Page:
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The Cold War’s final episode? W ASHINGTON — One hundred years ago this coming Aug. 4, the day Britain declared war on Germany, socialists in the German Reichstag voted for credits to finance the war. Marxists — including Lenin, who that day was in what now is Poland — were scandalized. Marx had preached that the proletariat has no fatherland, only a transnational class loyalty to proletarians everywhere. “In 1918,” wrote Louis Fischer, Lenin’s best biographer, “patriotism and naGeorge tionalism, born of Will the ‘subjectivism’ Lenin so disliked, were ideological crimes in Soviet Russia.” These are history-shaping virtues in Ukraine today. Because the nation-state is the necessary framework for durable political liberty, nationalism is a necessary, although insufficient, impulse sustaining liberty. Marx, whose prophesies were perversely predictive because they were almost invariably wrong, predicted the end of nationalism. Economic forces, he said, determine politi-

cal, cultural and psychological realities. So capitalism, with its borders-leaping cosmopolitanism, would dilute to the point of disappearance all emotional attachments to nations. Ukraine’s ferment is an emphatic, albeit redundant, refutation of Marxism. The political elites who cobbled together the European Union hoped that the pooling of national sovereignties would extinguish the nationalism that, they think, ruined Europe’s 20th century. They considered the resulting “democracy deficit” — the transfer of national parliaments’ prerogatives to Brussels bureaucrats — a price well worth paying for tranquility. Now comes turbulent Ukraine, incandescent with nationalism and eager to preserve its sovereignty by a closer relation with the EU. Ukraine’s president, Viktor Yanukovych, is resisting the popular desire for constitutionally limited government, and for a national existence more independent of Russian President Vladimir Putin’s presence. Yanukovych wants to trade Ukraine’s aspira-

tions for Putin’s billions. Russia is ruled by a little, strutting Mussolini — the Duce, like Putin, enjoyed being photographed with his chest bare and his biceps flexed. Putin is unreconciled to the “tragedy,” as he calls it, of the Soviet Union’s demise. It was within the Soviet apparatus of oppression that he honed the skills by which he governs — censorship, corruption, brutality, oppression, assassination. Remember when President George W. Bush peered into Putin’s eyes and got “a sense of his soul” as someone “very straightforward and trustworthy”? Remember when Putin fed the world the fable about rushing naked from his burning dacha — the fire started when Putin was in a sauna — before the rescue of his cherished crucifix that had belonged to his sainted mother? Ukrainians, whose hard history has immunized them against the folly of wishful thinking, see in Putin’s ferret face the cold eyes of a prison warden. Ukraine, whose population (46 million) and size are approximately those of Spain, is a potential economic power. Russia remains what the Soviet Union was, a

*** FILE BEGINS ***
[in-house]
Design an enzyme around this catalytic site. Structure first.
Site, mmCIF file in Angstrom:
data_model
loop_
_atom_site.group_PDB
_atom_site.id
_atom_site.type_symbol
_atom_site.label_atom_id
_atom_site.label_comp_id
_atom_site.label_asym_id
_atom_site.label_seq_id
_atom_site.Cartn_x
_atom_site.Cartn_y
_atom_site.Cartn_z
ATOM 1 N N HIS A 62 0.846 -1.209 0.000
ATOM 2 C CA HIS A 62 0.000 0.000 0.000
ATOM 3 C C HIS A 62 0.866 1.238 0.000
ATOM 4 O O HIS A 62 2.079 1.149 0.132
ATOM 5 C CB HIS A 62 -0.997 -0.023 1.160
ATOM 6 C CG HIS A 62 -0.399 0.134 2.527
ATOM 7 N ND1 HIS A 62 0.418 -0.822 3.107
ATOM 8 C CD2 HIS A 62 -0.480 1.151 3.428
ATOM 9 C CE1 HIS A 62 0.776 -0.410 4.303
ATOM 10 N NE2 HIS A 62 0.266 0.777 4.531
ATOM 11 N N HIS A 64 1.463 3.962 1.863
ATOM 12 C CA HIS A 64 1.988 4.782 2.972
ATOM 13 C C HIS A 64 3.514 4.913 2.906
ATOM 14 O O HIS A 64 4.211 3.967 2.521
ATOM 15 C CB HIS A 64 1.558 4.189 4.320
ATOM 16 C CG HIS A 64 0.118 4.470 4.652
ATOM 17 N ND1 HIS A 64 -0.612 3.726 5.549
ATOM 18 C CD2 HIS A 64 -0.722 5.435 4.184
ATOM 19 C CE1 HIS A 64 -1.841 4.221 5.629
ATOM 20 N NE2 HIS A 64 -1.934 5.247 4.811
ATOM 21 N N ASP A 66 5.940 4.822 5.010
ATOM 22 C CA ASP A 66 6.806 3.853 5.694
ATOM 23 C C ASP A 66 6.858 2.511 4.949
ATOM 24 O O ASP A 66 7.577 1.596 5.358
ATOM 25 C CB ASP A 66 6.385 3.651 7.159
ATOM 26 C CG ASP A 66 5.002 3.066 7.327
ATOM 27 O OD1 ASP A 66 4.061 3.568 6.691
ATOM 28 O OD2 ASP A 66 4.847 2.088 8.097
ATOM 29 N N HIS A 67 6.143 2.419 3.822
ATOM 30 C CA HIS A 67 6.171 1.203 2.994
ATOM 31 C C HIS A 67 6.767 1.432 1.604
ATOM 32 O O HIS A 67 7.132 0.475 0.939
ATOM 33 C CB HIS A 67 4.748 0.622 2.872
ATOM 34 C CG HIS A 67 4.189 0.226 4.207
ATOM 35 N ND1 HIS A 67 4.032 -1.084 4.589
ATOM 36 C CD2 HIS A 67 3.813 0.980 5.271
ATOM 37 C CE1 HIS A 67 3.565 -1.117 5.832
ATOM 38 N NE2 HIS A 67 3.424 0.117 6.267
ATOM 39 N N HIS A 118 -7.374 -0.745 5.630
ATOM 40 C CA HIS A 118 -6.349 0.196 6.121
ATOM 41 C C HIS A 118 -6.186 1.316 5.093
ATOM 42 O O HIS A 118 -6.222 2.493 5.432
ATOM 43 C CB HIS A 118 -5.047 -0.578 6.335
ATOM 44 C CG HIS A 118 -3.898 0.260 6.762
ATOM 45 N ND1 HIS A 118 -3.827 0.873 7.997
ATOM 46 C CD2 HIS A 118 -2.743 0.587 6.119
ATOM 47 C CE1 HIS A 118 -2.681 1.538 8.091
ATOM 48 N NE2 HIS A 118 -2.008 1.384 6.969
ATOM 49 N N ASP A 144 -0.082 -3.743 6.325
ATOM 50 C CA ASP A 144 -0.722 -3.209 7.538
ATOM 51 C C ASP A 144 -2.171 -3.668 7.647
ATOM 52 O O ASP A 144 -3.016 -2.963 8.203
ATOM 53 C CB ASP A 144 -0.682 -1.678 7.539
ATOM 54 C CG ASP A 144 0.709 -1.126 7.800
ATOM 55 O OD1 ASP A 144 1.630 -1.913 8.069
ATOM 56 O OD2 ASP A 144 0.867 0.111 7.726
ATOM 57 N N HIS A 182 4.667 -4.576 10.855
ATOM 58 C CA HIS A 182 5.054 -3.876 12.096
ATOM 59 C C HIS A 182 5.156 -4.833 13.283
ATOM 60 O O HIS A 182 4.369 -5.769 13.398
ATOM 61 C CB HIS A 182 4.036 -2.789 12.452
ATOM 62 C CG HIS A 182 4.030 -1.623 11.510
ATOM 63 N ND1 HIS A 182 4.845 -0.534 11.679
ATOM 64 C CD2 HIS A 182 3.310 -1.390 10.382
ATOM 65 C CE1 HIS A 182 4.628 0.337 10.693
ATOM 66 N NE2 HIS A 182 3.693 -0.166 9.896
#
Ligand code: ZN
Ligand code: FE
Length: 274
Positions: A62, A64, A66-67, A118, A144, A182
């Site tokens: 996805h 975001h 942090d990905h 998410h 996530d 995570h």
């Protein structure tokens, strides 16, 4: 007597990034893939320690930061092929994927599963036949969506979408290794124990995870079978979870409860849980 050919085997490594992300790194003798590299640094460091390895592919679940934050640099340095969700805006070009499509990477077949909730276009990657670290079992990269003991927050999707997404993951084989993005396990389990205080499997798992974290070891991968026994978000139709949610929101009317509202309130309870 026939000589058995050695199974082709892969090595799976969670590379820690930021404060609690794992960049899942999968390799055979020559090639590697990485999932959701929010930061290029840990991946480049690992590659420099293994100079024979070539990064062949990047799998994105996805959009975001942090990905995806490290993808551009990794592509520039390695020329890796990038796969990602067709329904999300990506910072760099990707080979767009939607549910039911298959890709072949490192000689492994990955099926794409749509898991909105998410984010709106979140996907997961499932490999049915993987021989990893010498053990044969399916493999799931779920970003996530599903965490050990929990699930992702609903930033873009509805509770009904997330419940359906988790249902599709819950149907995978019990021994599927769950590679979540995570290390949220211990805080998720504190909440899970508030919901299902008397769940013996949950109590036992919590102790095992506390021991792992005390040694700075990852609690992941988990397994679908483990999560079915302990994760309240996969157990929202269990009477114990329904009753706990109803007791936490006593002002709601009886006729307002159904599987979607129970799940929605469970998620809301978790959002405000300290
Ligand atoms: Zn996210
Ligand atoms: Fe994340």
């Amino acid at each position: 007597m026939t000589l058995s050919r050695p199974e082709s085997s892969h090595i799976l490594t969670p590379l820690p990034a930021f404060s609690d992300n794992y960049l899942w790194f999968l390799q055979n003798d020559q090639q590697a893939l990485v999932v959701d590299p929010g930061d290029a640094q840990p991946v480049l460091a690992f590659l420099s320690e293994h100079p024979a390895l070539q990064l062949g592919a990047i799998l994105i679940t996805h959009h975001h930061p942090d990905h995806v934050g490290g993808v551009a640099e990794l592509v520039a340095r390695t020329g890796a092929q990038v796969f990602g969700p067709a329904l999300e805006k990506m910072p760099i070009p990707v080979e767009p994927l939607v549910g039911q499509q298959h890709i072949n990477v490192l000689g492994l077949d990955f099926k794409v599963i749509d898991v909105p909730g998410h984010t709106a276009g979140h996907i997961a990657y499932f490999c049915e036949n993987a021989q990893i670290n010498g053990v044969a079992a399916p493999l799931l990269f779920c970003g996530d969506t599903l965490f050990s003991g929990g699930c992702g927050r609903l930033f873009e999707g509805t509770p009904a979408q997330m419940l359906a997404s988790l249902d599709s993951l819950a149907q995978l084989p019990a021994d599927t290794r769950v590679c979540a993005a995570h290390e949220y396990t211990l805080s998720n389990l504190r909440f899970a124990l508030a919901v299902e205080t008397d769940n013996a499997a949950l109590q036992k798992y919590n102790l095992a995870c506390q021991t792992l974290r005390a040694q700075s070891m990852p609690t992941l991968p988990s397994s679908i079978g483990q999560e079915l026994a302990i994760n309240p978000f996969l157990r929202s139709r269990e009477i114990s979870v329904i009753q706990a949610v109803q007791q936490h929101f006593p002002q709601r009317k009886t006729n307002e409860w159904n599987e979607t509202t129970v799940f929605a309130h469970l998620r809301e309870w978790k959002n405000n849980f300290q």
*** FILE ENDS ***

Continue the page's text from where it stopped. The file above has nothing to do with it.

third-world country with first-world military technologies. Its hunter-gatherer economy — name a Russian consumer good other than vodka and caviar you might want — is based on extraction industries (oil, gas, minerals). Putin’s contempt for Barack Obama is palpable. Russia’s robust support of Bashar al-Assad is one reason Assad has, according to the Obama administration’s director of intelligence, “strengthened” his position in the period since Obama said Assad should “step aside.” Russia has been less than helpful regarding U.S. attempts to halt Iran’s nuclear weapons program. Where, exactly, has Obama’s much advertised but never defined “reset” of relations with Russia been fruitful? Yet Obama seems so fixated on it that he will not risk annoying Putin by voicing full-throated support for the Ukrainian protesters. Obama participated in waging seven months of war against Libya, a nation not threatening or otherwise important to the United States. Yet Joe Biden’s Tuesday phone call to Yanukovych is, as of this writing, Obama’s strongest response